Shared from the 3/15/2019 Sandusky Register eEdition


DeWine announces plan for clean water fund


Register file photo/ERIN CALDWELL

A calm, sunny day along Lake Erie in Port Clinton on Nov. 20, 2018.


Gov. Mike DeWine announced Thursday he is proposing a new water quality fund to spend $900 million over 10 years.

The governor said it will be included in the budget proposal he’s releasing today.

DeWine said he wants some of the money to go for restoring wetlands. That appears to open up a possible source of funding for the city of Sandusky, which has drawn up plans with state officials for restoring wetlands in the Sandusky Bay area.

The governor unveiled details of his H2Ohio Initiative in a Thursday morning speech before the Impact Ohio Toledo Regional Conference, hosted at the Renaissance Toledo Downtown Hotel.

“Lake Erie is a magnificent jewel,” the governor said. “We have to preserve it. We have to protect it.”

He also pushed for approval of his entire proposed 18 cents a gallon gas tax hike, saying that an Ohio House bill approving a tax hike of about 10 cents falls short of what’s needed.

Last year, state Rep. Steve Arndt, R-Port Clinton, and former state Sen. Randy Gardner proposed a statewide bond issue for water quality projects. The proposal didn’t gain support from Gov. John Kasich, but Mike DeWine promised to support it during his campaign for governor.

DeWine mentioned that during his speech Thursday, but said he’d decided to go in a different direction for the funding source.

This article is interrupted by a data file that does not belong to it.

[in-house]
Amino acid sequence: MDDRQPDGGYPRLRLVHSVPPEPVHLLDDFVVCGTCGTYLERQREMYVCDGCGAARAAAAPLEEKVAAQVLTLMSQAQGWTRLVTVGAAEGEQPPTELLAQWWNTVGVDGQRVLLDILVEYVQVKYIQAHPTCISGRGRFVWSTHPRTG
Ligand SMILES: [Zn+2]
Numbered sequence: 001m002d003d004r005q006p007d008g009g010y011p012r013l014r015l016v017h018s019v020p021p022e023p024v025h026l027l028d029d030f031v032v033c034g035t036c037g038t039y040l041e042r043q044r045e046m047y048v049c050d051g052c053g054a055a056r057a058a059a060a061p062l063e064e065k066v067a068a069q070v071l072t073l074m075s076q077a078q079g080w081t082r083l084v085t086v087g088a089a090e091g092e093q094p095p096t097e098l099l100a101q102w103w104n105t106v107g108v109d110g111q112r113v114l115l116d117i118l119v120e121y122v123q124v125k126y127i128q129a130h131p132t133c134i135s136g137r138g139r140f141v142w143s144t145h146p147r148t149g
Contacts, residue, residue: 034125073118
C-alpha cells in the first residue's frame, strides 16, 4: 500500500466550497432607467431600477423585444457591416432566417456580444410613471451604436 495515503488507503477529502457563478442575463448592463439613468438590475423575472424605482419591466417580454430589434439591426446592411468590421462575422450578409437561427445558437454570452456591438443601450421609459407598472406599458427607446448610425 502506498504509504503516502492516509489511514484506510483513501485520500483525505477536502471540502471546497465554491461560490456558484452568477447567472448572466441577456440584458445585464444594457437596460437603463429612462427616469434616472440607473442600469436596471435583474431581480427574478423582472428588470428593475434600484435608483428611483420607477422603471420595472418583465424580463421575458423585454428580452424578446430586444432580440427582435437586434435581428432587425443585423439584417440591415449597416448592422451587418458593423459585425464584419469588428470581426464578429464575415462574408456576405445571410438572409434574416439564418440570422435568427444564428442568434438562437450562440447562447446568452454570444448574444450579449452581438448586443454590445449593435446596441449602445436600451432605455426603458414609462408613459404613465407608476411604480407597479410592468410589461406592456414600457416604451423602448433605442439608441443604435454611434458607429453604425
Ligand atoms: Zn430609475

Rather than borrow money with a bond issue, DeWine said he’d prefer to set aside $900 million this year to be spent over 10 years, with $85 million to be spent the first year, saving the state the cost of repaying interest.

While the governor said he wants to pay for water quality projects all over Ohio, he said he would emphasize Lake Erie, which has been battling a harmful algal bloom problem.

“We cannot continue to lurch from water crisis to water crisis,” said DeWine, who told his Toledo audience he hasn’t forgotten the city’s 2014 water crisis. “It’s really going to take a dedicated, long-term commitment to achieve real solutions.”

The governor mentioned he wants to spend some of the H2Ohio money to rebuild wetlands, which help filter out the nutrients that feed harmful algal blooms.

That sounded like good news for Eric Wobser, Sandusky’s city manager. Sandusky and the Office of Coastal Management have been working on a Sandusky Bay Initiative to restore local wetlands.

Those plans will be completed in six months, Wobser said.

“They will be finished in time for next year’s budget,” said Wobser, who vowed to pursue any available state funds.

When DeWine met with reporters after his speech, he was asked if he would consider additional regulation to deal with the water runoff that feeds algal blooms in the lake.

“We’ll look at this as we move forward,” he said.

DeWine said he would listen to experts and said he’ll also listen to the farm community, an important part of the Ohio economy.

“I would envision incentives for them to make sure they are farming in a manner that does not cause as much nutrients to flow into the lake,” DeWine said.

The governor told his audience he’ll continue to push for the full 18 cents a gallon gas tax hike he’s proposed and said he considers that a conservative proposal.

He said the previous administration made up for the shortfall in road funds by borrowing money. Ohio now has a $4 billion transportation debt, and the state’s credit card for roads is “maxed out,” he said.

New money is needed for new construction, and to target roads that are safety hazards, he said.

Everybody in the audience can probably name a dangerous intersection or road near their home, and wonders, “Why don’t they fix it?” DeWine said.

The audience chuckled when DeWine added, “I’m ‘they’ now.”

“There’s nothing more important than making sure our family members get home,” DeWine said.

DeWine and his wife, Fran, have had eight children. One of them, Rebecca A. DeWine, 22, died in an automobile accident in 1993.

See this article in the e-Edition Here